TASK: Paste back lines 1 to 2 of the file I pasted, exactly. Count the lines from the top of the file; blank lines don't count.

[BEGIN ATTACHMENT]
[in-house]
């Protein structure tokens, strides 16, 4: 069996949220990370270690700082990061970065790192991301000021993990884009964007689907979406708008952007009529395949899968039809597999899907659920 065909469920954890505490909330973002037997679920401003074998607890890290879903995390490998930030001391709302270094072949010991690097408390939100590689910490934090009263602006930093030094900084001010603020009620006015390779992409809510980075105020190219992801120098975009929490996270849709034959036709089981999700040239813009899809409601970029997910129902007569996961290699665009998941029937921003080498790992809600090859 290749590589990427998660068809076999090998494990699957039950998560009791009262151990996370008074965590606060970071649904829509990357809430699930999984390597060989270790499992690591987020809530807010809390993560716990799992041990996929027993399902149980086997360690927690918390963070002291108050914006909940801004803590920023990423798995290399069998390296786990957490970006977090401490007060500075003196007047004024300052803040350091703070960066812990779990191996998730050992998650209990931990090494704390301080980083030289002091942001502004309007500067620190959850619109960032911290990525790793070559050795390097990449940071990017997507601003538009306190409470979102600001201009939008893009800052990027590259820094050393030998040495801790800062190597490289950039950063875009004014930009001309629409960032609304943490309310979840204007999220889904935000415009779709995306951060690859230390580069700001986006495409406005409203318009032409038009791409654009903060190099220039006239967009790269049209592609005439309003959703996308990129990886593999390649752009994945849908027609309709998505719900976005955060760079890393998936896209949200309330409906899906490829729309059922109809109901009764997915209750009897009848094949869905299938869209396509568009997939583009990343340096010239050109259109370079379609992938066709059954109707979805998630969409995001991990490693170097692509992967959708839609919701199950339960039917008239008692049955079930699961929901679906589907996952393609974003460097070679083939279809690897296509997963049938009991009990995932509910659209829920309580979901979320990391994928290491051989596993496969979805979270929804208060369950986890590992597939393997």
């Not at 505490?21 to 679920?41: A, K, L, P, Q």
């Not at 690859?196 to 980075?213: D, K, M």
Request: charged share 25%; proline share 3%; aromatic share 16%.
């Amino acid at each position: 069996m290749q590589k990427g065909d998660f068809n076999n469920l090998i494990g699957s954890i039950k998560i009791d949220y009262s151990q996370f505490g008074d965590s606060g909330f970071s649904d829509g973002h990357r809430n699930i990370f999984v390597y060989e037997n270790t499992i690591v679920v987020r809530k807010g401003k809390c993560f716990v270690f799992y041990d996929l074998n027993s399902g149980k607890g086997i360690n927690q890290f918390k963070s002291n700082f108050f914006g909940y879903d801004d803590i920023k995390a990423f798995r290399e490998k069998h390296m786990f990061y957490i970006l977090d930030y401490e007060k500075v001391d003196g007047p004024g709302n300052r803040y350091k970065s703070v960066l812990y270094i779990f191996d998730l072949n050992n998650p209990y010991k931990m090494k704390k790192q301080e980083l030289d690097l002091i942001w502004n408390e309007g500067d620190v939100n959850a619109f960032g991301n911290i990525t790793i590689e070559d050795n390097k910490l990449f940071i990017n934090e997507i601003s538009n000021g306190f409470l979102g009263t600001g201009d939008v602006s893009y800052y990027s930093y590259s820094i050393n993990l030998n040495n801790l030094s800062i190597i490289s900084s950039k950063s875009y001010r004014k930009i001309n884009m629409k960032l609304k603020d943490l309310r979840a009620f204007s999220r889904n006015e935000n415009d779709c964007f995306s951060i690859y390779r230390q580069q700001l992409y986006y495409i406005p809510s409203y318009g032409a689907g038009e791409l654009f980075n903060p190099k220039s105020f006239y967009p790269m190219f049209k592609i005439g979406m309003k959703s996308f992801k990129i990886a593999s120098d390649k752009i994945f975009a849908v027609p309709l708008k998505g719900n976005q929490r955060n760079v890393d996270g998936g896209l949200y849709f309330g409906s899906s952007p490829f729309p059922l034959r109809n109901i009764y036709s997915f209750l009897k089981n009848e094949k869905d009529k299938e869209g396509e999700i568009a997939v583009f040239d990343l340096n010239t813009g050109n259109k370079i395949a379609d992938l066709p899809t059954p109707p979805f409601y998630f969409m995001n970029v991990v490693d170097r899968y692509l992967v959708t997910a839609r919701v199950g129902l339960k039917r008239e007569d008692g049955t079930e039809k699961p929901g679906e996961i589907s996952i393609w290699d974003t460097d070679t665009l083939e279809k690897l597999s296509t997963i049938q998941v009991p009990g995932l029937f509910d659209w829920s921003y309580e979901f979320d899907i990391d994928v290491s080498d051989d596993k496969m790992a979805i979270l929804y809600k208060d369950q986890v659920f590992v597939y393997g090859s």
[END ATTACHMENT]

[in-house]
């Protein structure tokens, strides 16, 4: 069996949220990370270690700082990061970065790192991301000021993990884009964007689907979406708008952007009529395949899968039809597999899907659920 065909469920954890505490909330973002037997679920401003074998607890890290879903995390490998930030001391709302270094072949010991690097408390939100590689910490934090009263602006930093030094900084001010603020009620006015390779992409809510980075105020190219992801120098975009929490996270849709034959036709089981999700040239813009899809409601970029997910129902007569996961290699665009998941029937921003080498790992809600090859 290749590589990427998660068809076999090998494990699957039950998560009791009262151990996370008074965590606060970071649904829509990357809430699930999984390597060989270790499992690591987020809530807010809390993560716990799992041990996929027993399902149980086997360690927690918390963070002291108050914006909940801004803590920023990423798995290399069998390296786990957490970006977090401490007060500075003196007047004024300052803040350091703070960066812990779990191996998730050992998650209990931990090494704390301080980083030289002091942001502004309007500067620190959850619109960032911290990525790793070559050795390097990449940071990017997507601003538009306190409470979102600001201009939008893009800052990027590259820094050393030998040495801790800062190597490289950039950063875009004014930009001309629409960032609304943490309310979840204007999220889904935000415009779709995306951060690859230390580069700001986006495409406005409203318009032409038009791409654009903060190099220039006239967009790269049209592609005439309003959703996308990129990886593999390649752009994945849908027609309709998505719900976005955060760079890393998936896209949200309330409906899906490829729309059922109809109901009764997915209750009897009848094949869905299938869209396509568009997939583009990343340096010239050109259109370079379609992938066709059954109707979805998630969409995001991990490693170097692509992967959708839609919701199950339960039917008239008692049955079930699961929901679906589907996952393609974003460097070679083939279809690897296509997963049938009991009990995932509910659209829920309580979901979320990391994928290491051989596993496969979805979270929804208060369950986890590992597939393997």